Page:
Most recent reports on potential terrorist attacks on Italian soil, along with recently detected radical and terrorist cells crossing the peninsula towards other destinations, have exacerbated a newfound awareness of factors potentially fostering radicalization in the country. Italian media is more and more often reporting about the country’s counterterrorism measures in place and awaiting implementation, especially those concerning terrorism financing. The large information sharing network cultivated after 9/11 by law enforcement authorities and deeply entrenched in local Muslim communities is certainly paying back. The number of digital financial transactions to be scrutinized for suspicion of support for terrorism is growing exponentially, a phenomenon due in large part to an assimilated culture of cooperation with authorities that encourages communities to flag suspicious cases. The growing phenomenon has compelled the establishment of new specialized units within the Guardia di Finanza – a Military Police under the authority of the Minister of the Economy and Finance – working in cooperation with Italy’s central bank, Banca d’Italia. Who is funding religious communities from abroad has thereby suddenly become a matter of the utmost importance, and Qatar Charity is finally getting the negative attention it deserves.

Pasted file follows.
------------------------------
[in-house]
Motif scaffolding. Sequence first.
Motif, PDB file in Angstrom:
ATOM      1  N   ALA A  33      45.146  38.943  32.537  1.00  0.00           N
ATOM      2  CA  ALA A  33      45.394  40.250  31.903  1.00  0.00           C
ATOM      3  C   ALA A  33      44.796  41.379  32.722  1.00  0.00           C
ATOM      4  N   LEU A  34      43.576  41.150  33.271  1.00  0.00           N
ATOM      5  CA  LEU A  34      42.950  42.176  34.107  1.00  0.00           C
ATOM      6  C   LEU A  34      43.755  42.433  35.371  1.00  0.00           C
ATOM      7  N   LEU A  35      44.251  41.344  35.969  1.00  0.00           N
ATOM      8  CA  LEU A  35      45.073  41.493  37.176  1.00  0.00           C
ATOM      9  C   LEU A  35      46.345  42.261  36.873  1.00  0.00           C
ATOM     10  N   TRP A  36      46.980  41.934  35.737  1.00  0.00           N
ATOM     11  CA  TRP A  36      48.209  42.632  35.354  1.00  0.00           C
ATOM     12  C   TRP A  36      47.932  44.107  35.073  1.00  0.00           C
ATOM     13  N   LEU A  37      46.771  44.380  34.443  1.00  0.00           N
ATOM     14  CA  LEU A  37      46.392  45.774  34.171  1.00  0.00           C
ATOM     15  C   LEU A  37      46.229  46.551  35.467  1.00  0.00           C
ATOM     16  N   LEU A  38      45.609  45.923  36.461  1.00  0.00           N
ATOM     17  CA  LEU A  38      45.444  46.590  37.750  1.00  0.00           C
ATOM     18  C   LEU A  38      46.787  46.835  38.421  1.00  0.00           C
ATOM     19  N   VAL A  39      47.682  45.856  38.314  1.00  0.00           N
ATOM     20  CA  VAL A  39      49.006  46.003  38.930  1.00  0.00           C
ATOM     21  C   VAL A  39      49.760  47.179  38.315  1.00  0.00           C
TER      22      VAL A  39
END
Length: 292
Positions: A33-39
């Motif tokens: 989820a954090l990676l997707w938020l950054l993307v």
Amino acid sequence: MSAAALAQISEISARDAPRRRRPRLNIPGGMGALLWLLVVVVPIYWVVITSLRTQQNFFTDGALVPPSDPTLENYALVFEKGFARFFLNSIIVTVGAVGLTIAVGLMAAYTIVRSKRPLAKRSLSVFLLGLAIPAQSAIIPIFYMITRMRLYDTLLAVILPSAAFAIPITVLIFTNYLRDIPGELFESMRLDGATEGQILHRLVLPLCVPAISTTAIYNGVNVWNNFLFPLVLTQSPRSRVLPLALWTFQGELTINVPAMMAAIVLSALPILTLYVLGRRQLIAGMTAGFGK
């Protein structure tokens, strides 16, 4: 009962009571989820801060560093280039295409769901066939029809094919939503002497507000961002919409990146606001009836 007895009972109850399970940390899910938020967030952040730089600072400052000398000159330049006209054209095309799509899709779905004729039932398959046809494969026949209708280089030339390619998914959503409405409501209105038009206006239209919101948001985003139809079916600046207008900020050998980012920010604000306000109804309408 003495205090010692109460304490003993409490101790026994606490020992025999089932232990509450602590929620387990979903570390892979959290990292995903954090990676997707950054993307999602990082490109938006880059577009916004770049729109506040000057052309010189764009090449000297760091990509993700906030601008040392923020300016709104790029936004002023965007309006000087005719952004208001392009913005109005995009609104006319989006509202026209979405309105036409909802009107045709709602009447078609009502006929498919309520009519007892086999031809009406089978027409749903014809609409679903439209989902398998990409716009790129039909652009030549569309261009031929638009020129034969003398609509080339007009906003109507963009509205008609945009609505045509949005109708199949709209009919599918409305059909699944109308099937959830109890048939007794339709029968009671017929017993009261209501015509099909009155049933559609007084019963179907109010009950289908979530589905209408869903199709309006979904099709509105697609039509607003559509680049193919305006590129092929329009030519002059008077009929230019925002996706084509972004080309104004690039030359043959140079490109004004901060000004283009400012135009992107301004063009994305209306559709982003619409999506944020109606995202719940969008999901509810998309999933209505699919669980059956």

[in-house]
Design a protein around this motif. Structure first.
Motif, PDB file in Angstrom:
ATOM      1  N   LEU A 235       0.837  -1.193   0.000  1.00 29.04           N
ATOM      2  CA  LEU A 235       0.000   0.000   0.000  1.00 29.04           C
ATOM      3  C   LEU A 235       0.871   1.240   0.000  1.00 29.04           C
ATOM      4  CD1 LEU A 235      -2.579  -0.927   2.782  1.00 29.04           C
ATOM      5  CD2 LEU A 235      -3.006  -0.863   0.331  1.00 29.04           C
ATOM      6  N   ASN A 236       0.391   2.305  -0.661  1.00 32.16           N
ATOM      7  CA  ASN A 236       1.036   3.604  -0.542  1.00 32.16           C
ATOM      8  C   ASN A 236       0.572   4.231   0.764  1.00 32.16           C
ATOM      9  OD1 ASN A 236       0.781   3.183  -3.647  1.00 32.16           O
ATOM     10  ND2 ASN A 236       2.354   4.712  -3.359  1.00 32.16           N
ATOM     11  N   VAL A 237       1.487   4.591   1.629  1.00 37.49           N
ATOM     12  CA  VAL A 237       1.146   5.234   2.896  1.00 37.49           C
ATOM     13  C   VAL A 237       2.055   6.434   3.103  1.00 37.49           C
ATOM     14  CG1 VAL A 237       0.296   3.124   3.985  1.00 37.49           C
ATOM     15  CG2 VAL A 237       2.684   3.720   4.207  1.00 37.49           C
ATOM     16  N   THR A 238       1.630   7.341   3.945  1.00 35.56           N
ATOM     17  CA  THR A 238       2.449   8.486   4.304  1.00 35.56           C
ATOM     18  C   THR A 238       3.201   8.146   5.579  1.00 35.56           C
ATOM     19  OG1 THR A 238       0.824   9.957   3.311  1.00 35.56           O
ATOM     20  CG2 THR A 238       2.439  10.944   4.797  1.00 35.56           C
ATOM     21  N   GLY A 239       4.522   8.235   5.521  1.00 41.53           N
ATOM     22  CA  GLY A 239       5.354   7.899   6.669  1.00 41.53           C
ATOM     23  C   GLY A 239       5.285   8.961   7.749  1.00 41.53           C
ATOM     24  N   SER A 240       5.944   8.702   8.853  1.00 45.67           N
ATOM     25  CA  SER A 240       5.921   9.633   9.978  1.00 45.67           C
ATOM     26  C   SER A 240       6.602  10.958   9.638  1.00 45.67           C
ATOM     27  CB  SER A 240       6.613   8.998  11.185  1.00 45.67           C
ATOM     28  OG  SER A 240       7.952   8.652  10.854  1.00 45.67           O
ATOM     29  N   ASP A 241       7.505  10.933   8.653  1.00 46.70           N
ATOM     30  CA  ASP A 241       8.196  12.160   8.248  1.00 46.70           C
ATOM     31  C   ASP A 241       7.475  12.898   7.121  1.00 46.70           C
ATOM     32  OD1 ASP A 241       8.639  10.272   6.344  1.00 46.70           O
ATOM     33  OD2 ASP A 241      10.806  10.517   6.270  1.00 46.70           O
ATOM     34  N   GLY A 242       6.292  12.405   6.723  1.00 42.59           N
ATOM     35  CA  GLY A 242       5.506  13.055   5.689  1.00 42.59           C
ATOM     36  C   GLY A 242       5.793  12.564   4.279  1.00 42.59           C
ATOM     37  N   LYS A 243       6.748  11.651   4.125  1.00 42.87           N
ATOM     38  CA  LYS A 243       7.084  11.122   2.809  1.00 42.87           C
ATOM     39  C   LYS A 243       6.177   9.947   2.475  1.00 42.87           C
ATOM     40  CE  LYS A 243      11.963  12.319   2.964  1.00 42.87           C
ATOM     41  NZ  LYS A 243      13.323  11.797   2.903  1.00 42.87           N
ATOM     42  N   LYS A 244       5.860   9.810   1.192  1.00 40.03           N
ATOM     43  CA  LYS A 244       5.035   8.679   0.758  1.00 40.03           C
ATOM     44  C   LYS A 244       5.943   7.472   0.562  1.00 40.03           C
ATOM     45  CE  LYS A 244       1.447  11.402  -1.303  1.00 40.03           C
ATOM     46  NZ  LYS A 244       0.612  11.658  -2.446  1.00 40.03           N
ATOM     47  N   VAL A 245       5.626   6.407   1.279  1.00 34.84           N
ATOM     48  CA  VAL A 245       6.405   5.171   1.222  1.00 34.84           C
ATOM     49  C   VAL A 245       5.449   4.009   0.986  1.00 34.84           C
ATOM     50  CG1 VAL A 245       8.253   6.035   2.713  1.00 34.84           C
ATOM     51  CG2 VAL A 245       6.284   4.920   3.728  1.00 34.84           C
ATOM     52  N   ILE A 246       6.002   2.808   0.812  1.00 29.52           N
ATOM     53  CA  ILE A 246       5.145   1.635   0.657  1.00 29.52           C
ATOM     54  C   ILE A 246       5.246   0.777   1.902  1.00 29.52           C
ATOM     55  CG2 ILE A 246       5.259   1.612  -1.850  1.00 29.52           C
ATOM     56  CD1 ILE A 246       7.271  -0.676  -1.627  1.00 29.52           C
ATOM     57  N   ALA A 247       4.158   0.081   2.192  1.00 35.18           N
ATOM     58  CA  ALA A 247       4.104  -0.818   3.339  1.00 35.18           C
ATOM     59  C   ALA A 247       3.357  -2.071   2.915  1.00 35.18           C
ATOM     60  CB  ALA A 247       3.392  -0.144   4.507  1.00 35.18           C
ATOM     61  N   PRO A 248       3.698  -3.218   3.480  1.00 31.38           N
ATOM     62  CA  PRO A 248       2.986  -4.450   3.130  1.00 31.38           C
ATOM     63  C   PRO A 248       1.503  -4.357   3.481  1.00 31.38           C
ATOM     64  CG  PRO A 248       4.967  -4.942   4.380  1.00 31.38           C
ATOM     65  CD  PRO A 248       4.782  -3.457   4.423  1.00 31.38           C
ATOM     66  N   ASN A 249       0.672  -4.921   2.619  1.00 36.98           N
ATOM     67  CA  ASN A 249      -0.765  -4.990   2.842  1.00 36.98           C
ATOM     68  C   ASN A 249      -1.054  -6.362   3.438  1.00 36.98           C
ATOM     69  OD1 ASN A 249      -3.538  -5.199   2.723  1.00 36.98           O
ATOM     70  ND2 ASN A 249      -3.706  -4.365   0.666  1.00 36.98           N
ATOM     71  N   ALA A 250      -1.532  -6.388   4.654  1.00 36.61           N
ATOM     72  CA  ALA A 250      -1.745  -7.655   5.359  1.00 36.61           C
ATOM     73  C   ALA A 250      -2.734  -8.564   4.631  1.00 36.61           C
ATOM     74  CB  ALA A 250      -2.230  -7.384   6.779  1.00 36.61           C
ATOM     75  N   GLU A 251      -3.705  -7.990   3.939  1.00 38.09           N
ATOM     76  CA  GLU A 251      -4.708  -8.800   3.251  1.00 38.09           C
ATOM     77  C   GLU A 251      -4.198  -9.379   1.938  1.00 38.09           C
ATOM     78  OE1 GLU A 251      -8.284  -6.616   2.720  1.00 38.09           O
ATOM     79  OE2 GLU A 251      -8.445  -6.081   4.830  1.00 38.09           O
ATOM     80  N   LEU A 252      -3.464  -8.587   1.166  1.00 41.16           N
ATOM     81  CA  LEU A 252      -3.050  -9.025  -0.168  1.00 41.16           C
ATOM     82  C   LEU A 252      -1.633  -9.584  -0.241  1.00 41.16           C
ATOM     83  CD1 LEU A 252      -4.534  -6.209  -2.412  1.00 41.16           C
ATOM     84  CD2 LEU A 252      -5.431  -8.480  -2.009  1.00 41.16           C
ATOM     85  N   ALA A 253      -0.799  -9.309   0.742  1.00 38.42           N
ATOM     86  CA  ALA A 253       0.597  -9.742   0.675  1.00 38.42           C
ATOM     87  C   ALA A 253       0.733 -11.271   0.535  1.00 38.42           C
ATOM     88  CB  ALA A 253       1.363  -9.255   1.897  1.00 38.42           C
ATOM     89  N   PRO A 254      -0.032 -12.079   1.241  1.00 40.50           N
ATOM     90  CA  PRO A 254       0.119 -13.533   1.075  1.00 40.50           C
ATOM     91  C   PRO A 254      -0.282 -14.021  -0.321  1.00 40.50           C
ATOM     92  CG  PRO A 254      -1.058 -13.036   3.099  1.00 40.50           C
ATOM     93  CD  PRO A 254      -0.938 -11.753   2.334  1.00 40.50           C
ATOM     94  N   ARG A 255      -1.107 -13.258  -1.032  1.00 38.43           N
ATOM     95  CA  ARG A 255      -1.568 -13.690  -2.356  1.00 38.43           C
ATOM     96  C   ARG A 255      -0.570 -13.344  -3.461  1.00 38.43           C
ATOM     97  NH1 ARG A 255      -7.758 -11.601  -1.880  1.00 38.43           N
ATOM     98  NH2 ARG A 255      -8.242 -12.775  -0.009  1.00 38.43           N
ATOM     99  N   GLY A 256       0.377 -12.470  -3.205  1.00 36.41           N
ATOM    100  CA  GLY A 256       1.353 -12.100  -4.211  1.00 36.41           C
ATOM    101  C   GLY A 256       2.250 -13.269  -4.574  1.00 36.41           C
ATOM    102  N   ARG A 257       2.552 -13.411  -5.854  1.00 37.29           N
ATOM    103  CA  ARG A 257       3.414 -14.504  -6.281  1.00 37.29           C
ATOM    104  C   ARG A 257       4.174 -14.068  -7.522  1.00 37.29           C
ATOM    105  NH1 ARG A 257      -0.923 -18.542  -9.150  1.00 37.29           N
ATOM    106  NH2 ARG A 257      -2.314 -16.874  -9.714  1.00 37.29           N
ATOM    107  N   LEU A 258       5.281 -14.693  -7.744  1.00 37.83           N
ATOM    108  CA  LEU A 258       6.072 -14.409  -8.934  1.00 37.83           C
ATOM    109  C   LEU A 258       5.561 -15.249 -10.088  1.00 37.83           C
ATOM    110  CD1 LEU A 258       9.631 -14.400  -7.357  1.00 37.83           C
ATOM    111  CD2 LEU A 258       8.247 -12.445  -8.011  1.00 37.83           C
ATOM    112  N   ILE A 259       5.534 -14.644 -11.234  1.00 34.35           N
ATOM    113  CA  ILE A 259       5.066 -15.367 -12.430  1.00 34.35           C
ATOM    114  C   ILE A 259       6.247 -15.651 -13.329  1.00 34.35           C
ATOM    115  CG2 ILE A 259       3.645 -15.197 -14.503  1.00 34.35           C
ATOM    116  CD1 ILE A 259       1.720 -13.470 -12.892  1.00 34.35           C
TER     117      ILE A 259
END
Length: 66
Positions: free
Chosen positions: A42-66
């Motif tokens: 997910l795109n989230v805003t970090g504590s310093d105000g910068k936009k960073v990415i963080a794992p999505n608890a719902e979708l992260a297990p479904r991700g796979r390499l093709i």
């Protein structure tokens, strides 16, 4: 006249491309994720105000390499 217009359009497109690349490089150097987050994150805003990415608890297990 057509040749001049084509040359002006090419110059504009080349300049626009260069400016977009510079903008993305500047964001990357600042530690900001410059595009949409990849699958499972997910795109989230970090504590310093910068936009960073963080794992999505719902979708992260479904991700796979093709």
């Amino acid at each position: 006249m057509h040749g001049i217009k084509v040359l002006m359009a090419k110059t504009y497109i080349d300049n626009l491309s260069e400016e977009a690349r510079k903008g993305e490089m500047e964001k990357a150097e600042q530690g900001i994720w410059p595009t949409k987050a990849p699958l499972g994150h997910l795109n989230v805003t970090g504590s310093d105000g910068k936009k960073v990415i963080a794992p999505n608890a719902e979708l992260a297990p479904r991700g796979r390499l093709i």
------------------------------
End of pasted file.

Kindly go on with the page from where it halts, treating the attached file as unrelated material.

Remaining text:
Even beyond its highly controversial ties, Qatar Charity and its grand plan for a continuing, pervasive presence and role in the country is fostering widespread concern for the price that Italy will pay in the long run. A major legislative reform that could alter funding mechanisms in favor of religious communities who do not have a codified agreement with the Italian state may constitute a first, important step. Until that moment, Qatar remains a most desirable, vital investor. Unfortunately, the indiscriminate banning of all foreign funding to Muslim communities suggested by French authorities should be regarded as a non-viable option. The ban would harm primarily Islamic schools and institutions without addressing the systemic problem, and would not ultimately reverse long standing efforts to spread Salafism across the old continent. Whilst awaiting a major legislative reform and in the context of reinforced counterterrorism polices, a stronger vetting of donors and conduits must be implemented to prevent funds destined to preserve religious freedom to be manipulated for opportunistic reasons. Removing Qatar Charity from the picture may be a good way to start.


See also:

Qatar: From Oxford Classrooms to Europe’s Hearts and Minds

Qatari Donors Are Buying a Say in Italy’s Islam